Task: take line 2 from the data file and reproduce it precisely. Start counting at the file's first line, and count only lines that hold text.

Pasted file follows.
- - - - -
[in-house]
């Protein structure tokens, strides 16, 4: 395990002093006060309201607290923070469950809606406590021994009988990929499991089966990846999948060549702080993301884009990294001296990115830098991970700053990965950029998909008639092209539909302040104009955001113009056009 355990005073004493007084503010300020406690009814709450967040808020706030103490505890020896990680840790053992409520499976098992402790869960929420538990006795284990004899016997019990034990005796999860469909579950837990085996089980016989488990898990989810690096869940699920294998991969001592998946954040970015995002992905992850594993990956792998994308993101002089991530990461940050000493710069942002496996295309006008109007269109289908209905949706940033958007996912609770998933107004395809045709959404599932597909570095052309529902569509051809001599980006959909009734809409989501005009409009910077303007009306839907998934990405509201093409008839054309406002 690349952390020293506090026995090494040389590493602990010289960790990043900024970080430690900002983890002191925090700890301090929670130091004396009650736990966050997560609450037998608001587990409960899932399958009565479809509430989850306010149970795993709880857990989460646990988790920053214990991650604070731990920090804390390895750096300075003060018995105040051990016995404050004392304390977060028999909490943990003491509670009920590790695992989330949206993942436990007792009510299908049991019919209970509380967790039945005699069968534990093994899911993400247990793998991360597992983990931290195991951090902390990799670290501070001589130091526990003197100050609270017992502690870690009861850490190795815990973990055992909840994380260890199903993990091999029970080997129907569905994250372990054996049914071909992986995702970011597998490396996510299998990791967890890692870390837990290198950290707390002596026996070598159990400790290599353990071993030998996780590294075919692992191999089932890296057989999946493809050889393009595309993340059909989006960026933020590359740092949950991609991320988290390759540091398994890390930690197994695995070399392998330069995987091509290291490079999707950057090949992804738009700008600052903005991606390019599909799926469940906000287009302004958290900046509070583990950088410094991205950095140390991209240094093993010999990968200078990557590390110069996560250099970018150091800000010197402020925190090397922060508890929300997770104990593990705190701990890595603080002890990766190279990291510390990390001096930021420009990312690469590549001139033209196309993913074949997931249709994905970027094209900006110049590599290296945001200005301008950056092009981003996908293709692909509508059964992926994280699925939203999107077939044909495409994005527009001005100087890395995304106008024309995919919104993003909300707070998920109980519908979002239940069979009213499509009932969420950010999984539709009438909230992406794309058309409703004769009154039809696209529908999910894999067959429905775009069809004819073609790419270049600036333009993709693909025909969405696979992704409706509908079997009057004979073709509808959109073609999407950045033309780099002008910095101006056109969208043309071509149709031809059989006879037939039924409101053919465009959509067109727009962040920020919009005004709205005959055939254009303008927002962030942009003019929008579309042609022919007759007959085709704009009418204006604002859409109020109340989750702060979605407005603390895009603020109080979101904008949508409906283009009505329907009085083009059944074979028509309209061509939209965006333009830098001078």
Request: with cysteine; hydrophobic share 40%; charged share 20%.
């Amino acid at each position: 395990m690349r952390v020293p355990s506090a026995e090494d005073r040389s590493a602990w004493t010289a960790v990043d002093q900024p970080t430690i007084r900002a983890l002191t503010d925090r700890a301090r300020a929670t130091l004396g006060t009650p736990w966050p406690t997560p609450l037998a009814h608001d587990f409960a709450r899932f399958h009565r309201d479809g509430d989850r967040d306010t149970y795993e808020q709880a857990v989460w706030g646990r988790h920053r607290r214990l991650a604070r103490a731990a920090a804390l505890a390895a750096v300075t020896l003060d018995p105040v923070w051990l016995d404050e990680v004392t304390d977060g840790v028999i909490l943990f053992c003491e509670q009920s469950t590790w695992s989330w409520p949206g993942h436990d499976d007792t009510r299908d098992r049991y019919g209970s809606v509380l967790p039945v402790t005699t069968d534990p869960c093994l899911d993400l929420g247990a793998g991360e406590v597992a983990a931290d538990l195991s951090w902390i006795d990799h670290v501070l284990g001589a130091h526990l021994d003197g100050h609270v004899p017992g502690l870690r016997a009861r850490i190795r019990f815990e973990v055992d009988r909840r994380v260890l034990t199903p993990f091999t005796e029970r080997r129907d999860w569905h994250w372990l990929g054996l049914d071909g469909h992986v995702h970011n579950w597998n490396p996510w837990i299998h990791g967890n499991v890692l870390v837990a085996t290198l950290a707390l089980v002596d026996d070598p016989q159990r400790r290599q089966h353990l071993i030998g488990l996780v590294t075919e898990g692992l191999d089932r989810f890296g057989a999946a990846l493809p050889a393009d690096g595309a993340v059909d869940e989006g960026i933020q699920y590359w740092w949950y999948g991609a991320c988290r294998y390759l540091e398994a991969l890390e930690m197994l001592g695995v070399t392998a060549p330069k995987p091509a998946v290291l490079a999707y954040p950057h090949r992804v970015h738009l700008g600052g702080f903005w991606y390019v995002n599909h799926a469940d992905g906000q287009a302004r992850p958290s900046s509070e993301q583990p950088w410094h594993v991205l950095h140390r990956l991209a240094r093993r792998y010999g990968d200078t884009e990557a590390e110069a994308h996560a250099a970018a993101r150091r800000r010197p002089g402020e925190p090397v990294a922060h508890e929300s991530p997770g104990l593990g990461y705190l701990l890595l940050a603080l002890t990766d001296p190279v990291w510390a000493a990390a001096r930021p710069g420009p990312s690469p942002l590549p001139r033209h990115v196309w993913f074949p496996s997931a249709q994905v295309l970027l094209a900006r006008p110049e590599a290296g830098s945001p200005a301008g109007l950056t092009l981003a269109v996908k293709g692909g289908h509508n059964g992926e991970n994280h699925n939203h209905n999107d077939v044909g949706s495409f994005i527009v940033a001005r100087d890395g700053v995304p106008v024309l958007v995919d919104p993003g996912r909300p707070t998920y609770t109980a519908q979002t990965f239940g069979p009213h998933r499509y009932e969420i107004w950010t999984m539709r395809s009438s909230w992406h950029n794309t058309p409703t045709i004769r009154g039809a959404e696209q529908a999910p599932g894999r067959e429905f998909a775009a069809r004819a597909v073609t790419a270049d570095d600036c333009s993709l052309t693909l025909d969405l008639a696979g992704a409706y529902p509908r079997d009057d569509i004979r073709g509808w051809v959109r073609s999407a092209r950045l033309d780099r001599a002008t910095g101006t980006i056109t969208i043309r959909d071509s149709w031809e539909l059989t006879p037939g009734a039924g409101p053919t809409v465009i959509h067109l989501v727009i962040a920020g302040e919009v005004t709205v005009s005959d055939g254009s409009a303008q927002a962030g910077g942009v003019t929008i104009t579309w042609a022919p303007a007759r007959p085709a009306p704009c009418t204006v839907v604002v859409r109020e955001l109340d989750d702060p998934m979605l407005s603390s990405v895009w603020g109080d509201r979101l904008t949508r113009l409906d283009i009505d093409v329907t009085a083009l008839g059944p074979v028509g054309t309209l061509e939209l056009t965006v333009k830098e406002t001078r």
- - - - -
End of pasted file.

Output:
């Protein structure tokens, strides 16, 4: 395990002093006060309201607290923070469950809606406590021994009988990929499991089966990846999948060549702080993301884009990294001296990115830098991970700053990965950029998909008639092209539909302040104009955001113009056009 355990005073004493007084503010300020406690009814709450967040808020706030103490505890020896990680840790053992409520499976098992402790869960929420538990006795284990004899016997019990034990005796999860469909579950837990085996089980016989488990898990989810690096869940699920294998991969001592998946954040970015995002992905992850594993990956792998994308993101002089991530990461940050000493710069942002496996295309006008109007269109289908209905949706940033958007996912609770998933107004395809045709959404599932597909570095052309529902569509051809001599980006959909009734809409989501005009409009910077303007009306839907998934990405509201093409008839054309406002 690349952390020293506090026995090494040389590493602990010289960790990043900024970080430690900002983890002191925090700890301090929670130091004396009650736990966050997560609450037998608001587990409960899932399958009565479809509430989850306010149970795993709880857990989460646990988790920053214990991650604070731990920090804390390895750096300075003060018995105040051990016995404050004392304390977060028999909490943990003491509670009920590790695992989330949206993942436990007792009510299908049991019919209970509380967790039945005699069968534990093994899911993400247990793998991360597992983990931290195991951090902390990799670290501070001589130091526990003197100050609270017992502690870690009861850490190795815990973990055992909840994380260890199903993990091999029970080997129907569905994250372990054996049914071909992986995702970011597998490396996510299998990791967890890692870390837990290198950290707390002596026996070598159990400790290599353990071993030998996780590294075919692992191999089932890296057989999946493809050889393009595309993340059909989006960026933020590359740092949950991609991320988290390759540091398994890390930690197994695995070399392998330069995987091509290291490079999707950057090949992804738009700008600052903005991606390019599909799926469940906000287009302004958290900046509070583990950088410094991205950095140390991209240094093993010999990968200078990557590390110069996560250099970018150091800000010197402020925190090397922060508890929300997770104990593990705190701990890595603080002890990766190279990291510390990390001096930021420009990312690469590549001139033209196309993913074949997931249709994905970027094209900006110049590599290296945001200005301008950056092009981003996908293709692909509508059964992926994280699925939203999107077939044909495409994005527009001005100087890395995304106008024309995919919104993003909300707070998920109980519908979002239940069979009213499509009932969420950010999984539709009438909230992406794309058309409703004769009154039809696209529908999910894999067959429905775009069809004819073609790419270049600036333009993709693909025909969405696979992704409706509908079997009057004979073709509808959109073609999407950045033309780099002008910095101006056109969208043309071509149709031809059989006879037939039924409101053919465009959509067109727009962040920020919009005004709205005959055939254009303008927002962030942009003019929008579309042609022919007759007959085709704009009418204006604002859409109020109340989750702060979605407005603390895009603020109080979101904008949508409906283009009505329907009085083009059944074979028509309209061509939209965006333009830098001078």